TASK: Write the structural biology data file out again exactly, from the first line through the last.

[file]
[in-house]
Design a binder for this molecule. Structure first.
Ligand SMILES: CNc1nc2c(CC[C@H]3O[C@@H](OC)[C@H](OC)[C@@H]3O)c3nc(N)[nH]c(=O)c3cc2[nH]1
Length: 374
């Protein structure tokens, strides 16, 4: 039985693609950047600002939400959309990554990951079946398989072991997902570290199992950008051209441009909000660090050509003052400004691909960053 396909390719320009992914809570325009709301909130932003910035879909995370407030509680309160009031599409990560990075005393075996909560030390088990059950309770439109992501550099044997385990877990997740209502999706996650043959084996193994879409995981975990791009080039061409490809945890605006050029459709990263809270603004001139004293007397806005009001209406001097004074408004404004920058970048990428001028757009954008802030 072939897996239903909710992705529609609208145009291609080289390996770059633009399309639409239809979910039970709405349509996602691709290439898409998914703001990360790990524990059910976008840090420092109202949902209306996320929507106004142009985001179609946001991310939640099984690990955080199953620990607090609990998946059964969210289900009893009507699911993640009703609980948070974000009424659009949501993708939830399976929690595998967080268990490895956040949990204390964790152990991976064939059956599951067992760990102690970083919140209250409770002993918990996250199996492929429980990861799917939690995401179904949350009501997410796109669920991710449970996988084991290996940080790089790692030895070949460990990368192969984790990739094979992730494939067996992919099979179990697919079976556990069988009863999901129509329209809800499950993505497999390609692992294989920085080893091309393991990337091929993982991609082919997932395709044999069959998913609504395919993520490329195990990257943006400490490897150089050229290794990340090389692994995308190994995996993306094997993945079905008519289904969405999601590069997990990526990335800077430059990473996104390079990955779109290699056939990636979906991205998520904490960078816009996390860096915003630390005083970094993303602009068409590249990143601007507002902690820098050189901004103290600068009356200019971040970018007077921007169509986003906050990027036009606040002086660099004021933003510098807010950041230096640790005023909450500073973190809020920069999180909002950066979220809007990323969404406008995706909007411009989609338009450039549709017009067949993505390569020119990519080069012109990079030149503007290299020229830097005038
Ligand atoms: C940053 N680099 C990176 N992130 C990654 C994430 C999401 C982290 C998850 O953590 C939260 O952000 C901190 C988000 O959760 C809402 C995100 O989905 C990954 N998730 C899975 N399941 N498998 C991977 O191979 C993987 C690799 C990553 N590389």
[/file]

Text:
[in-house]
Design a binder for this molecule. Structure first.
Ligand SMILES: CNc1nc2c(CC[C@H]3O[C@@H](OC)[C@H](OC)[C@@H]3O)c3nc(N)[nH]c(=O)c3cc2[nH]1
Length: 374
């Protein structure tokens, strides 16, 4: 039985693609950047600002939400959309990554990951079946398989072991997902570290199992950008051209441009909000660090050509003052400004691909960053 396909390719320009992914809570325009709301909130932003910035879909995370407030509680309160009031599409990560990075005393075996909560030390088990059950309770439109992501550099044997385990877990997740209502999706996650043959084996193994879409995981975990791009080039061409490809945890605006050029459709990263809270603004001139004293007397806005009001209406001097004074408004404004920058970048990428001028757009954008802030 072939897996239903909710992705529609609208145009291609080289390996770059633009399309639409239809979910039970709405349509996602691709290439898409998914703001990360790990524990059910976008840090420092109202949902209306996320929507106004142009985001179609946001991310939640099984690990955080199953620990607090609990998946059964969210289900009893009507699911993640009703609980948070974000009424659009949501993708939830399976929690595998967080268990490895956040949990204390964790152990991976064939059956599951067992760990102690970083919140209250409770002993918990996250199996492929429980990861799917939690995401179904949350009501997410796109669920991710449970996988084991290996940080790089790692030895070949460990990368192969984790990739094979992730494939067996992919099979179990697919079976556990069988009863999901129509329209809800499950993505497999390609692992294989920085080893091309393991990337091929993982991609082919997932395709044999069959998913609504395919993520490329195990990257943006400490490897150089050229290794990340090389692994995308190994995996993306094997993945079905008519289904969405999601590069997990990526990335800077430059990473996104390079990955779109290699056939990636979906991205998520904490960078816009996390860096915003630390005083970094993303602009068409590249990143601007507002902690820098050189901004103290600068009356200019971040970018007077921007169509986003906050990027036009606040002086660099004021933003510098807010950041230096640790005023909450500073973190809020920069999180909002950066979220809007990323969404406008995706909007411009989609338009450039549709017009067949993505390569020119990519080069012109990079030149503007290299020229830097005038
Ligand atoms: C940053 N680099 C990176 N992130 C990654 C994430 C999401 C982290 C998850 O953590 C939260 O952000 C901190 C988000 O959760 C809402 C995100 O989905 C990954 N998730 C899975 N399941 N498998 C991977 O191979 C993987 C690799 C990553 N590389």